Leica M3 Custom: One droolworthy camera and lens
Take a battered old 1950s double-stroke Leica M3 and turn it into highly desirable custom camera in six months. This is what James Fox-Davies decided to do with the M3 he bought on eBay. Not only did he have the body transformed into one of the coolest Leicas I've ever seen, he also matched it with a most unusual lens: A Noctilux competitor that I have never before seen on a Leica.
James enlisted Bellamy Hunt of Japan Camera Hunter to advise and outsource the painstaking work to specialists in Japan. Six months later, after a great deal of to-ing and fro-ing between London and Tokyo, the completely renovated camera and lens arrived back. It is James's one and only film camera and the camera he uses most of all.
After trying most M types made between 1954 and 2015, James decided that he preferred the original, the double-stroke version of the M3. Initially, because of fears that the lever wind could break the film, Leitz engineers built in a safety mechanism so that the lever has to be flicked twice to advance the film and cock the shutter. Later M3s, after serial number 915250 in 1958, had a single-action lever. However, many earlier M3s were factory converted to single-stroke in the following years.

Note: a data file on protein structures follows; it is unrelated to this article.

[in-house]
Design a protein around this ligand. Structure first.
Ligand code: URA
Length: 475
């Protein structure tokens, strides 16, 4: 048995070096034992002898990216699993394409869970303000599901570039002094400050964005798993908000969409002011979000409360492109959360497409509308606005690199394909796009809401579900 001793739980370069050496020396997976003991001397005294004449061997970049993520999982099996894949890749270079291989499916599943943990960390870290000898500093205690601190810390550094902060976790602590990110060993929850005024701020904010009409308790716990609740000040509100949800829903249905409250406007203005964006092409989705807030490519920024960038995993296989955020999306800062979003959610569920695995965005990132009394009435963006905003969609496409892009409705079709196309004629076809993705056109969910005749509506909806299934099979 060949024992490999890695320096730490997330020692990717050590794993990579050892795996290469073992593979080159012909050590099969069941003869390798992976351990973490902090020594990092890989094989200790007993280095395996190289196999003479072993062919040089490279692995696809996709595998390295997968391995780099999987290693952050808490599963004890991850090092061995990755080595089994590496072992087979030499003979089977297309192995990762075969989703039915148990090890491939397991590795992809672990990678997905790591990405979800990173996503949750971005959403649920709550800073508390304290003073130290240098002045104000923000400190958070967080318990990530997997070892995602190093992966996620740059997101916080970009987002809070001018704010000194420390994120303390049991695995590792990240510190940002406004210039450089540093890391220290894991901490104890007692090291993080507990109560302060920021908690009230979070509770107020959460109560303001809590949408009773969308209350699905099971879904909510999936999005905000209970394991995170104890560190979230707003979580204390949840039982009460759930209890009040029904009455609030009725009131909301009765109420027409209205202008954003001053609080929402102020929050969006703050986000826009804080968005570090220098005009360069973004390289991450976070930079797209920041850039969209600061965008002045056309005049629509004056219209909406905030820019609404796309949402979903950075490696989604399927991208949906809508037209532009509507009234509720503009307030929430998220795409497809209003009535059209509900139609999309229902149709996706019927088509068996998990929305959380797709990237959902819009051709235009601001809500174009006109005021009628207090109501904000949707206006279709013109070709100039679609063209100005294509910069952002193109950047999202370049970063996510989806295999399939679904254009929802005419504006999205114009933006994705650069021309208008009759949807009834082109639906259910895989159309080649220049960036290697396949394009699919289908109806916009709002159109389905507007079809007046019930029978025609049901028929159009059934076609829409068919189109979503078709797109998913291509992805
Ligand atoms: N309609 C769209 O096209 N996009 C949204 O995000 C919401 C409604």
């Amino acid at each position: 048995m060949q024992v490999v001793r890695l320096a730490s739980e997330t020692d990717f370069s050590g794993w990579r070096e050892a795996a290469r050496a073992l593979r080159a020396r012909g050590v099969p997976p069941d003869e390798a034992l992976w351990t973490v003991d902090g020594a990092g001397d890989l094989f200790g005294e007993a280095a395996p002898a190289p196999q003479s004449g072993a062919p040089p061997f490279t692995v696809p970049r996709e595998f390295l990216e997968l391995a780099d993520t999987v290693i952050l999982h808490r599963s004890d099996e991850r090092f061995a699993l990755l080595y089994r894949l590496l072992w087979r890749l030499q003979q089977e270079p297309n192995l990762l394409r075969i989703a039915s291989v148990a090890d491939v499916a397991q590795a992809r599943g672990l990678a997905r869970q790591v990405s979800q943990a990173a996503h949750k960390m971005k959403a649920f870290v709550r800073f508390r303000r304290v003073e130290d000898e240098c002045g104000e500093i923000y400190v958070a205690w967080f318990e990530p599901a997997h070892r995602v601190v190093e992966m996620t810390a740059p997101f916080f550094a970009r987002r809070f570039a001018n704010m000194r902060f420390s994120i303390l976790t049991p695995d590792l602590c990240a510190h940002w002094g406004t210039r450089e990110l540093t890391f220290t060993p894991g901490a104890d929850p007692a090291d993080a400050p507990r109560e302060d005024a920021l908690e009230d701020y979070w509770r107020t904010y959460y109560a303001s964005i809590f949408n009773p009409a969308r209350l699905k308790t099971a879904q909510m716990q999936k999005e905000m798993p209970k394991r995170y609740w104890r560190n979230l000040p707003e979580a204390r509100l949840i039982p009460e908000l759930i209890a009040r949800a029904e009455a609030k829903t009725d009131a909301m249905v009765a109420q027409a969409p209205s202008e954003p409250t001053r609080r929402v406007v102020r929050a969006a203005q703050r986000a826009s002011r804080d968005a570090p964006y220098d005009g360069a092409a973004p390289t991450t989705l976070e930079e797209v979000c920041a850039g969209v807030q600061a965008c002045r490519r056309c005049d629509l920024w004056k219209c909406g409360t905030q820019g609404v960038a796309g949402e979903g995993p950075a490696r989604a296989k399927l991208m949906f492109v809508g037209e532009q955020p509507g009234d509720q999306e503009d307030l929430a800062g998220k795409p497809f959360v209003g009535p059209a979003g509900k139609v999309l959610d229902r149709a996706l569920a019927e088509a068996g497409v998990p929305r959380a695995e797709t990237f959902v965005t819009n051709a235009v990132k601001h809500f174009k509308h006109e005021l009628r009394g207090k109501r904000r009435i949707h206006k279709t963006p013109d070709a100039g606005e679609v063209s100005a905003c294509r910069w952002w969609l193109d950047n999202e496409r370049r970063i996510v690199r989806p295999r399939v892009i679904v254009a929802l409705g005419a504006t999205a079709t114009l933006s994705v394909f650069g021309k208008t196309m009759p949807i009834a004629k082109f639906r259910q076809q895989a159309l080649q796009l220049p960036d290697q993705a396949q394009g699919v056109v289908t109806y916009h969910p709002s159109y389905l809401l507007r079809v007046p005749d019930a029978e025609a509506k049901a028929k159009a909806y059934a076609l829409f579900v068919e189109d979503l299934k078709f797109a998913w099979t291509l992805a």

James likes the idea of the double action and is in the habit of flicking the lever once after every frame and then again before the next picture. One advantage of this is that the shutter is never vulnerable to action in error when the camera is in the bag, nor do you have to try to remember whether or not you advanced the film after the previous shot. I tend agree with him on this. I have both double-stroke and single-stroke M3s and there is something special about the earlier model in the way it works.
Not one to stick with the conventional, James also paid special attention to his dream lens. Eschewing the many delightful offerings from Leica, he selected a 50mm f/0.95 Canon, a lens that can be compared with the Leica Noctilux but is considerably cheaper, lighter and shorter. In fact, it looks the business. Back in Japan, this lens was reconditioned, fitted with a fully functioning M mount and painted to match the camera, right down to the red and yellow colour scheme.
James was already an avid reader of Japan Camera Hunter and seen Bellamy's many conversions and restorations; they are generally acknowledged to be the best you can get and it's no wonder connoisseurs beat a path to Tokyo. James freely admits he was a difficult customer and tried Bellamy's patience to the full, but the result was worth it.
More on James’s special M3:
Also... Bellamy Hunt has just posted details of some more of his customised cameras